Local Artist Spotlight and Album Premiere: Cock & Swan – Dream Alone

Cock and Swan

There’s something about the booming sound of an analog synthesizer that excites the imagination. Decades of filmmakers and composers have utilized the mesmerizing power of these instruments, from John Carpenter to Vangelis all the way through Hanz Zimmer and Cliff Martinez. So it made sense that Seattle duo Cock & Swan were asked in 2015 to participate in Puget Soundtrack — an ongoing series that pairs artists with films to live score at the Northwest Film Forum. The two musicians have proved themselves masters of creating mystical and mythical vibes with their array of keyboards, along with Ola Hungerford shimmering vocals. For their performance, they chose Only God Forgives — a divisive film by Nicolas Winding Refn (DriveThe Neon Demon) starring Ryan Gosling.

All of the visual lushness of the film proved itself to be an apt canvas for Hungerford and Johnny Goss to create over, showing an immaculate appreciation for Refn’s creation. After the performance was done, the band still wasn’t done with the music. Inspired, they took the tracks back to their home studio and began reworking the material. A selection of these songs has now manifested themselves in the band’s latest record, Dream Alone, out November 2 via Hush Hush Records. Even apart from the film, Dream Alone is an arresting collection of powerful synthesizer rumbles and enrapturing songwriting. The mystery in the layers of their keyboard compositions is as rich and compelling as any film. We caught up with the band to talk about the process of re-scoring the film, their love of synthesizers, and another impending release from the score called Julian’s Sword. You can also stream Dream Alone in its entirety below.

The songs on this record were originally used as a part of your score for Only God Forgives during your Puget Soundtrack performance at Northwest Film Forum. What made you choose that film and how did you first begin the process of re-scoring?

Johnny Goss: The film came to mind immediately. It’s a detail-rich film that favors dense visual information over dialogue. Characters and relationships are spelled out by the physicality of the actors and the staging of the scenes. That’s perfect for the type of score we had in mind: a score of interconnected songs, not ambient soundscapes. As soon as we put the first track down we started to see how the film changed and expanded the composition. Accidental connections and meanings formed right away. After that, we knew that’s what we’d be spending our time on.

Ola Hungerford: We had plans for our life before that, but that’s all over now!

Even before you did Puget Soundtrack, a lot of your music has been characterized as “cinematic” and you’ve also worked with choreographers for dance performances in the past as well. Has either of you worked much in film before? What about your music do you think lends itself so well to be paired with visual mediums?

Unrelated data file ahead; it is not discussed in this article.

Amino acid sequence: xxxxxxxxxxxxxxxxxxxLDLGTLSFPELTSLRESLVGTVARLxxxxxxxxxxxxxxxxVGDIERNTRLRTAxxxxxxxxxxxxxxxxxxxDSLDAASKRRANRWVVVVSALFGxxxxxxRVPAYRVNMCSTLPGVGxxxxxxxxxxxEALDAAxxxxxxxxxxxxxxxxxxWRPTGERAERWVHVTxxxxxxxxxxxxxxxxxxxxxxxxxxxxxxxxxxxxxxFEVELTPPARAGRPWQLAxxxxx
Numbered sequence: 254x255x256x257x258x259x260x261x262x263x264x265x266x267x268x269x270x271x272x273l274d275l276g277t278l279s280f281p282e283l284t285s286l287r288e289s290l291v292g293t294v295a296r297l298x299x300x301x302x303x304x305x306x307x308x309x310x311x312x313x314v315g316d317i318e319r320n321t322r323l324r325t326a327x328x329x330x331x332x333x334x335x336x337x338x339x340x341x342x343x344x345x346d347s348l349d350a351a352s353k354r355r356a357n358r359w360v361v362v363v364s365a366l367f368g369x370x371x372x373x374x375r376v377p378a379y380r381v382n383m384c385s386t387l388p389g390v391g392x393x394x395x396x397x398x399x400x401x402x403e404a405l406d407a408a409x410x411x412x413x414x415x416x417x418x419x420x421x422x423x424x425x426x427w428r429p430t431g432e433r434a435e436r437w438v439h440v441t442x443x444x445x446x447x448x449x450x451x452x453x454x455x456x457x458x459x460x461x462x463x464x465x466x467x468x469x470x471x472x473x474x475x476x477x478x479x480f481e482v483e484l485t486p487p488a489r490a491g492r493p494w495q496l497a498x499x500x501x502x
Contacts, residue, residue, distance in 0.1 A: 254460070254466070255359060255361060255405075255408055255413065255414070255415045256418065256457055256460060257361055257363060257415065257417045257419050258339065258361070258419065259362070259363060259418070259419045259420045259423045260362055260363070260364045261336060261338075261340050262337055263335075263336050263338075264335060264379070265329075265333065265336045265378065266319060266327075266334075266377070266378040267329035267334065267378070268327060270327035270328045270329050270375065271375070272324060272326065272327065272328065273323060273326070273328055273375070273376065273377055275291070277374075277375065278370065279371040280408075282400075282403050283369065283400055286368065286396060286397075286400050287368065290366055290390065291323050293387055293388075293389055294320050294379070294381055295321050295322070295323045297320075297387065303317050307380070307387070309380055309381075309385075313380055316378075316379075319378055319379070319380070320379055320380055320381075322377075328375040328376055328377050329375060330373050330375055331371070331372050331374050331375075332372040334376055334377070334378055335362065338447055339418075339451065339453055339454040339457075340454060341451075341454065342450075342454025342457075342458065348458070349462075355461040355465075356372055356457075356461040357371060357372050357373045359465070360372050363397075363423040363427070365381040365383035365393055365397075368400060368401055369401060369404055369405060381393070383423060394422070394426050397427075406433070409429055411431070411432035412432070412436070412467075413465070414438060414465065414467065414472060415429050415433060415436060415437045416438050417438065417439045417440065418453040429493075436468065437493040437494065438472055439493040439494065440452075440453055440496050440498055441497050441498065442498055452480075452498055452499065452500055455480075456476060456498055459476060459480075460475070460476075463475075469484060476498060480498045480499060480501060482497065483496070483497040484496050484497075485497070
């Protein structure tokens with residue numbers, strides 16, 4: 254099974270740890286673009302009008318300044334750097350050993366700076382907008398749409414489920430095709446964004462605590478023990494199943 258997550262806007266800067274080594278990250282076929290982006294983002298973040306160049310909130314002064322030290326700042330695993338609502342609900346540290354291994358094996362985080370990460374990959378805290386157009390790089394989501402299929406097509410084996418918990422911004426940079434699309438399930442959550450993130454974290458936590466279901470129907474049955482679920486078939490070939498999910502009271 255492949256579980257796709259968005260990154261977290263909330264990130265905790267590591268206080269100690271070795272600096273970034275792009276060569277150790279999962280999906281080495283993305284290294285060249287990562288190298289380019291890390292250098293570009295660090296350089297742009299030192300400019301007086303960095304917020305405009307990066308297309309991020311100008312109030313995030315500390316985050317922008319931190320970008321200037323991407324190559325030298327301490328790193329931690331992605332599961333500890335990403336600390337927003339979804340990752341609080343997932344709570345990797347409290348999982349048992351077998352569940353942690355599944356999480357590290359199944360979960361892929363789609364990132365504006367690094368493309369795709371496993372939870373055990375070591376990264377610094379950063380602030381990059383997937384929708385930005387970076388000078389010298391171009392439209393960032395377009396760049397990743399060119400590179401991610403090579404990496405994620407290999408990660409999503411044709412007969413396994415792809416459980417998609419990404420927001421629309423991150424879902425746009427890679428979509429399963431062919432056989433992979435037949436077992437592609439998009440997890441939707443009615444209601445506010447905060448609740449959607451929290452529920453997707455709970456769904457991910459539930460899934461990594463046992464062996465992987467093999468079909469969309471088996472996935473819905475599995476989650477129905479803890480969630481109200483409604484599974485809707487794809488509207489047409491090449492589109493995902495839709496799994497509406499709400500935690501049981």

Hungerford: We haven’t worked much directly with film before. But we’ve always been compelled by atypical experiences and those unique feelings that are hard to put a finger on. A film can conjure those alien emotions. Our sense of texture seems to also translate to a more cinematic vibe. It wouldn’t work for a Lord of the Rings movie but there’s a sense of slow motion with some films that leaves a lot of space to have weird feelings in that world. That’s where we feel at home.

Goss: We tend to emphasize instrumentation and production flow. People might identify that as cinematic.

When did you decide you wanted to revisit the score and turn it into Dream Alone? Were there any unique challenges in re-contextualizing the music away from the film and into an album?

Goss: We’ve always been attracted to short releases and we knew we wanted to do a smaller package for this record. The full-length score acts as a deluxe version for people who, like us, want to get into the minutiae.

Hungerford: We like having instrumentals, remixes, and tight tracklists, so we try to provide those things. The main challenge was not spoiling any of the special moments in the full score. Like the rest of the project, Dream Alone seemed to put itself together.

You heavily use analog synthesizers across the record and have throughout your catalog. What about the sounds of these instruments inspires you as you create? Can you recall the first synths both of you ever used?

Goss: We are four-trackers at heart and we come from the world of thrift shop organs and nylon string guitars recorded to cassette. These things do a lot to start songs and inspire choices. The instrument tells you what it wants to do and we rely on that.

We learned synthesis on a Microkorg, but sold that to a guy in the Guitarville parking lot. We immediately beat feet to a Tacoma music store and bought a Roland SH-101 with the proceeds. That synth serves us very well and very often.

The nine tracks on Dream Alone are just part of the score and you plan on releasing the rest of the 27 recordings as Julian’s Sword in December. What made you want to pull out the songs for Dream Alone as their own collection? How would you say the experience between Dream Alone and Julian’s Sword differs?

Goss: “Stay Down (Signal Cut)” is a great example of the difference between the two records. On Dream Alone its final section has a funky backbeat exposing Ola’s three-part vocal harmonies and whispers. On Julian’s Sword, Ola’s vocals are buried in tom drums and a malfunctioning bass synth crescendo. The material on Julian’s Sword has expanded intros and outros, and the tracks tie together and sample one another.

Dream Alone is a tight album that you can put on without your friends getting mad at you. Julian’s Sword is for those drives alone when you need to think about all the mistakes you’ve made and continue to make.

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